Repairing Relations with Europe

By Labbe, J. R. | The Masthead, Winter 2003 | Go to article overview

Repairing Relations with Europe


Labbe, J. R., The Masthead


Dr. Catherine Kelleher, director of faculty programs in the strategic research department of the Naval War College, did a masterful job of shifting a talk about the future of NATO into a far-reaching presentation about U.S. foreign relations, old and new.

Kelleher posed three questions for her NCEW audience that she said the world has done a yeoman's job of avoiding since the end of the Cold War:

* Is the dispute over Iraq the "beginning of the end" of close U.S./European relations?

* What will be the future vision of transatlantic cooperation, and who will lead?

* How will we fit the reconstruction of Iraq into the context of what a post-Cold War world will look like?

From the clash of values between the United States and Europe to the institutional push-me, pull-you between the European Union and NATO, Kelleher sifted through the noise of political arguments to outline an agenda for repairing relations and moving the world toward cooperation and peace.

She also offered context: The current strained relations among the United States, "Old Europe," and "New Europe" are not the worst ever faced by the alliance since the start of the Cold War. From the Suez crisis of the '50s, to the Vietnam War in the '60s, to the proposal to situate missile defense sites on the continent in the '70s and '80s, the United States has often found itself on the outs with its European allies.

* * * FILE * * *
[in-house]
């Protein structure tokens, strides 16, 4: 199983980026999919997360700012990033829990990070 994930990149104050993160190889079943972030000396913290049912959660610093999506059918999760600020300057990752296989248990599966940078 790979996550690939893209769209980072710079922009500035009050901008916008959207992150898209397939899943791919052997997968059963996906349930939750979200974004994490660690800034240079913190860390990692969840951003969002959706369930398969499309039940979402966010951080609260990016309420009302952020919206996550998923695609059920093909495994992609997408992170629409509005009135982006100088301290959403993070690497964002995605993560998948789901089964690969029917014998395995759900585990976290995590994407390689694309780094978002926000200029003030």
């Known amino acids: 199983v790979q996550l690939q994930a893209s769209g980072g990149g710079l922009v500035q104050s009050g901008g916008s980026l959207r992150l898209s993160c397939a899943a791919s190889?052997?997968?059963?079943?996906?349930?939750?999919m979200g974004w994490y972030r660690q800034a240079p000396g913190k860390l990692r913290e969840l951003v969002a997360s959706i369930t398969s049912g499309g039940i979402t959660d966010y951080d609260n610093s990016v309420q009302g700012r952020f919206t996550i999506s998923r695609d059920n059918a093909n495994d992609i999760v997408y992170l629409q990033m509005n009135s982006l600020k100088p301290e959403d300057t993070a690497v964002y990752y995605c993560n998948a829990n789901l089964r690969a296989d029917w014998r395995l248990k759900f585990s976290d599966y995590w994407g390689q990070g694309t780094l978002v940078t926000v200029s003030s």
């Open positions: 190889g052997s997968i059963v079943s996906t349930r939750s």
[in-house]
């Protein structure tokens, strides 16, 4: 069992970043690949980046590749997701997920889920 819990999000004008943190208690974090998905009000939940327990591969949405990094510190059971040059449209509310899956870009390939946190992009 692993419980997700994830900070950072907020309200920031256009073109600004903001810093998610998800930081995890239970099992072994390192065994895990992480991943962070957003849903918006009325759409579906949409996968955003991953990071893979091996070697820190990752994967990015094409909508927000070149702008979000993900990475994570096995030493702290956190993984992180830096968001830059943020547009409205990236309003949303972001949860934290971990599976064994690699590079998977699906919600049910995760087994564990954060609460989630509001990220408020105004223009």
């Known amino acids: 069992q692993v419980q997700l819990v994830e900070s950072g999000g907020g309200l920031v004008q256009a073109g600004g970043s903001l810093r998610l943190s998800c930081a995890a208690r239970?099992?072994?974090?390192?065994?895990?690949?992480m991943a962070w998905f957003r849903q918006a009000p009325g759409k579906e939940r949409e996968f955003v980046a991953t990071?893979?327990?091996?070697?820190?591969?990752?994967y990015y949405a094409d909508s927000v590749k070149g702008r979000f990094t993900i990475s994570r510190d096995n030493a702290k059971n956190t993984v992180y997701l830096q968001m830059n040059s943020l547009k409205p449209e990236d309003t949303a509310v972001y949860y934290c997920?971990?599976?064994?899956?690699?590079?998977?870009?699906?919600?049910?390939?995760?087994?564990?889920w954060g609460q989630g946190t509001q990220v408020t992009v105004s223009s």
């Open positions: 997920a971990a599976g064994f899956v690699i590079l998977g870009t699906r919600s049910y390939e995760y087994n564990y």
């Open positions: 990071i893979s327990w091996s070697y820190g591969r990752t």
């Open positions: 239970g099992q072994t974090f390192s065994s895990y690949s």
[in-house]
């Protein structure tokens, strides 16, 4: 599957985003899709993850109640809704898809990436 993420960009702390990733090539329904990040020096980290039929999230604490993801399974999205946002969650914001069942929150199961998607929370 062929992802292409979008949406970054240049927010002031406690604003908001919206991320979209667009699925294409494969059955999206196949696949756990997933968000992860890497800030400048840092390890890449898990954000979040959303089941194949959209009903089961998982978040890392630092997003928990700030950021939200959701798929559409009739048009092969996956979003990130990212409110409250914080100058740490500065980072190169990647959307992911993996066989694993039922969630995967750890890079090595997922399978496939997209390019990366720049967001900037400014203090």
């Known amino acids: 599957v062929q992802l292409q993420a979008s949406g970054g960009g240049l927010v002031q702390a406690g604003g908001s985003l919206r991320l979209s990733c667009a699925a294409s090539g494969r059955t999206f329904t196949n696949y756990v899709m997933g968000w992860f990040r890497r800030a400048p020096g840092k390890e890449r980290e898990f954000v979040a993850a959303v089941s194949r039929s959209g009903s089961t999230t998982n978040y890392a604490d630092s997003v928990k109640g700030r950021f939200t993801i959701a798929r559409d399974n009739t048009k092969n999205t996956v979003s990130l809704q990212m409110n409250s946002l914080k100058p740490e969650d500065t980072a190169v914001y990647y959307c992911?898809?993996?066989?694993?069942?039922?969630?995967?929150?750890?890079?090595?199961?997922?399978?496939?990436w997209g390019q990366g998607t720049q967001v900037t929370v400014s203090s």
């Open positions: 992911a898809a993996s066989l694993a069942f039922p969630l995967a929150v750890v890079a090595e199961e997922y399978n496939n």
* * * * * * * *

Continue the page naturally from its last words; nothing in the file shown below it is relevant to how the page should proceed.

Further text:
"We've been here before," said Kelleher, who was a representative for the secretary of defense in the Clinton administration and a staff member on the National Security Council during the Carter administration. "It takes a year to 18 months to get back to the point of cooperation."

Kelleher contends that the oft-cited American/ European clash of values--"The U.S. is from Mars, Europe is from Venus" scenario--doesn't take in much of history's reality. The United States, she said, is thought to value force as a means to an end, acting unilaterally if necessary with an appreciation for international law unless there is a compelling moral reason to act otherwise. …

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